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Building a Servile Class

teaparty2I’m fond of my employers. Ok – to be honest, I don’t know much about the board, but I know several of the execs, including the CEO. I like most of them. I even like the one who closed a quarterly meeting not long ago with a prayer thanking the almighty for our company and its provision of good jobs for all of us, as tone deaf as that may have been in a meeting where more layoffs were announced. I appreciate these folks – their willingness to throw their lot in with me and the other cogs to create a product that serves people well and earns us all a living. It isn’t a perfect company – I have plenty of complaints about how it is run. But compared to a lot of the choices out there it is a good place to work.

I won’t complain that for similar investments in time, work, and creativity as I make, the executives here are compensated at a rate several times over my own salary. I won’t complain that those who trust us enough to invest their capital in our endeavor are able to profit very handsomely with little or no contribution in terms of time, work, or creativity.

But I won’t join a servile class of people who regard the investing and managing class as the stewards of America, and and us the grateful, groveling servants of same. The small company I work for takes reasonably good care of its people – but if they get bought out by Wal-Mart, by golly we have the right to organize to get the fairness back. Those investors who “hire me”… I love them, too, but that doesn’t mean they shouldn’t bear the cost of citizenship while reaping the greatest rewards of it. That doesn’t mean they have the right to pollute my air and water. That doesn’t mean they have a right to let someone else pick up the tab for the social structures that enable them to exist. That doesn’t mean they have a right to monopolize the marketplace so that I cannot compete with them if I choose to. That doesn’t mean that they can order my life. That doesn’t mean that they can prevent me organizing with a union to gain fair treatment. That doesn’t mean that they can gamble away the foundations of our economy without regulation or oversight. That doesn’t mean that they can buy off my congressperson to accomplish any of the goals above.

I’m concerned that one of the biggest negative impacts of movement conservatism will be the furtherance of a servile working class who truly believe in special entitlement for the elite. Subjugation is one thing – but we shouldn’t be taught to like it and beg for our scraps.

3 comments to Building a Servile Class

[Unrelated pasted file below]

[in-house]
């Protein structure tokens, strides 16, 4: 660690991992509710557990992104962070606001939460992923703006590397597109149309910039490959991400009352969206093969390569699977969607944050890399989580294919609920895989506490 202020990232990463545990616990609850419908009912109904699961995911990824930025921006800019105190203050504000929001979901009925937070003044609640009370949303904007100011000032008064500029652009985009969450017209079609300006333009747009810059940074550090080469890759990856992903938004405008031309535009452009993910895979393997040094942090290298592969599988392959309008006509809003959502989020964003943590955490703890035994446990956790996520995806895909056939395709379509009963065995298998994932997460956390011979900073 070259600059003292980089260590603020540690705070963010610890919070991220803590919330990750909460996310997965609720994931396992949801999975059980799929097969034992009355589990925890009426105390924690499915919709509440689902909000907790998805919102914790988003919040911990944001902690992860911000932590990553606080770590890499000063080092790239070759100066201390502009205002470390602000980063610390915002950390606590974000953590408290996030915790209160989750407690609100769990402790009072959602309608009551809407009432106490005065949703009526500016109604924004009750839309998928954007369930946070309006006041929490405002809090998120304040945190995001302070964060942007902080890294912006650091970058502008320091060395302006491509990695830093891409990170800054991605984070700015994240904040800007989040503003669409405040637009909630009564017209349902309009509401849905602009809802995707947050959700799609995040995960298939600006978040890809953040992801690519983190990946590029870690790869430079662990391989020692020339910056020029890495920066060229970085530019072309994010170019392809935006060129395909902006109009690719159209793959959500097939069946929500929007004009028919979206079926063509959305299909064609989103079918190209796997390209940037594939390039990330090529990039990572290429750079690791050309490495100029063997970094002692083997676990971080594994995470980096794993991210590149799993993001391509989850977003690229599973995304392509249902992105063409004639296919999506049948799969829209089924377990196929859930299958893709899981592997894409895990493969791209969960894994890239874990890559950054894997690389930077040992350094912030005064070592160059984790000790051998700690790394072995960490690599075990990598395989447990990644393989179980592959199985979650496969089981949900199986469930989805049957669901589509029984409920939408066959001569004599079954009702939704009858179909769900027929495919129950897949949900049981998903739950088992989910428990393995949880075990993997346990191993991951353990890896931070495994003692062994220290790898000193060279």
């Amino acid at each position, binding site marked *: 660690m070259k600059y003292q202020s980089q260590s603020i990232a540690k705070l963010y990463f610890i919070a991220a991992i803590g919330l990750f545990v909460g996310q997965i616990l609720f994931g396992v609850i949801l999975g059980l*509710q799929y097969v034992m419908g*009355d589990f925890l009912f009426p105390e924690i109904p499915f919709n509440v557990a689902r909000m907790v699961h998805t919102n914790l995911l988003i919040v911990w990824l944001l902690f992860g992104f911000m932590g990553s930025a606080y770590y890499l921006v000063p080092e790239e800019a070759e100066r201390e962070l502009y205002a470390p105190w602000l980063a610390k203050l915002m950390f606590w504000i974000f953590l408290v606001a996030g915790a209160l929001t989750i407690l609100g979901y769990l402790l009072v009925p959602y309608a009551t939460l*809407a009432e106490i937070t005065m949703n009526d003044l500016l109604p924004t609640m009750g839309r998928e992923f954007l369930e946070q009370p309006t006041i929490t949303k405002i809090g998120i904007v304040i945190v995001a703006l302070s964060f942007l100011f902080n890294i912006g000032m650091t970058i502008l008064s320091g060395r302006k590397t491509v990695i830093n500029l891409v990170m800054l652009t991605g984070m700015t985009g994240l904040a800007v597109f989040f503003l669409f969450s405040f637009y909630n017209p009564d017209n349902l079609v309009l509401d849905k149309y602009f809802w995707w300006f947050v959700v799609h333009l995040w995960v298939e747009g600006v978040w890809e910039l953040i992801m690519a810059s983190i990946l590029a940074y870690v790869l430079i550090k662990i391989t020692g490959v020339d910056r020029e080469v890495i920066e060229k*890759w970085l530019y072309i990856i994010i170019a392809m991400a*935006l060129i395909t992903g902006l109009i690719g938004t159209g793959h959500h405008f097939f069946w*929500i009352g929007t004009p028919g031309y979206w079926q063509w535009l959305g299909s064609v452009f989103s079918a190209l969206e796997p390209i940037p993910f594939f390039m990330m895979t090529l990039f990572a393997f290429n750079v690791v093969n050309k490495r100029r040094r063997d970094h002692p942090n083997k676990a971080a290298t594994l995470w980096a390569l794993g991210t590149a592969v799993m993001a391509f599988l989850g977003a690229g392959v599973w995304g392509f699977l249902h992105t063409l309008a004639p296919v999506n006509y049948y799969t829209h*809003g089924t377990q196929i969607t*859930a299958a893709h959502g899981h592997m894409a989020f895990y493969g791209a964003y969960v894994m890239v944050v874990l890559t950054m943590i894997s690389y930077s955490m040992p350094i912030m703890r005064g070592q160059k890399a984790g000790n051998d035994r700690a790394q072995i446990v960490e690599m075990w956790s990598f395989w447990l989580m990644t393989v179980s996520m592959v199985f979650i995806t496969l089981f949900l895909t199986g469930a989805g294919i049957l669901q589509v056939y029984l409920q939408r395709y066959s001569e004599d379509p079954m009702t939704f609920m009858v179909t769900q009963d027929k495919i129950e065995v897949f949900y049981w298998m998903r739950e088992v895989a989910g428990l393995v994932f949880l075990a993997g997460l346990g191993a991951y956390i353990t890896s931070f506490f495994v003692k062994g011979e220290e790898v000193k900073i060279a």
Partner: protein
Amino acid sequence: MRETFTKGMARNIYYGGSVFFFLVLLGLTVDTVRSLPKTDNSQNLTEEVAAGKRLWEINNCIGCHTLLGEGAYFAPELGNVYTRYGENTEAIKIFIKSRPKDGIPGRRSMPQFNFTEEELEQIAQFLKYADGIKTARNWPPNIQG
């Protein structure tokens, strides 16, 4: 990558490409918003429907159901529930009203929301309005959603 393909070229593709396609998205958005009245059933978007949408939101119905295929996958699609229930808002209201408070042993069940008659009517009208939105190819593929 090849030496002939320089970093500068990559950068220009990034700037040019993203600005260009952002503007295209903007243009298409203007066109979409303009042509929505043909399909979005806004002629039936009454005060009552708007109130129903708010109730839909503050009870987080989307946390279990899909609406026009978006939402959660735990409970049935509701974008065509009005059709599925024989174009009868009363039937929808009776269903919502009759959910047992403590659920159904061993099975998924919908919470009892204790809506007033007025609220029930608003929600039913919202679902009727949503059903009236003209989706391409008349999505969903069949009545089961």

• I wanted to go to a teaparty but I had to work :-)

    I hear every word you are saying. I have always loved what William Faulkner said when he quit the post office

    “I reckon I’ll be at the beck and call of folks with money all my life, but thank God I won’t ever again have to be at the beck and call of every son of a bitch who’s got two cents to buy a stamp.”

    I have never understood the employer worship either. I figure I am making the man more than I am costing the man or else he would put my ass in the street.

    Capitalism is pretty much that simple.

  • [...] blogger Smijer wants to make sure we don’t conflate anti-tax sentiment with giving the rich anything they [...]

  • RW

    That doesn’t mean they have a right to let someone else pick up the tab for the social structures that enable them to exist.

    You’re right and you’ll find few who disagree, but I think that one could be targeted at the 45% or so who pay no federal income taxes, yet who push for more gimme programs for which they qualify.

    That doesn’t mean they have a right to monopolize the marketplace so that I cannot compete with them if I choose to.

    Absolutely 100% true. Doesn’t apply to the one entity that you can’t compete against: the government. Quick example: If you try to set up your own lottery system within your state (or my state), you’re headed for the slammer. Only the state can run lotteries.

    That doesn’t mean that they can order my life.

    Again, that one is done by the government.

    That doesn’t mean that they can gamble away the foundations of our economy without regulation or oversight.

    Buddy, the people overseeing & regulatin’ have been the ones gambling away the foundations of our economy. You and I didn’t spend us into 10 trillion in debt.

    That doesn’t mean that they can buy off my congressperson to accomplish any of the goals above.

    Depends on which “they” you’re talking about. The teachers’ unions that are STILL clamoring for more funds (again) and more teachers (again) and less standardization (again) because they (again) cannot do their jobs with the billions they’ve been given or the businessmen who are STILL looking for loopholes (again) so they can restructure their corporate offices and vote themselves pay raises (much like congress, no?).

    One more, with corrections and again all due respect & a hint of humor:

    I’m concerned that one of the biggest negative impacts of movement liberalism will be the furtherance of a servile working class who truly believe in government programs that they qualify for but are primarily paid for by other people. Subjugation and coerced conformity is one thing – but we shouldn’t be taught to like it and be told we’re selfish if we complain about carrying the lion’s share of the load, while those riding in the cart are telling us to pull harder.

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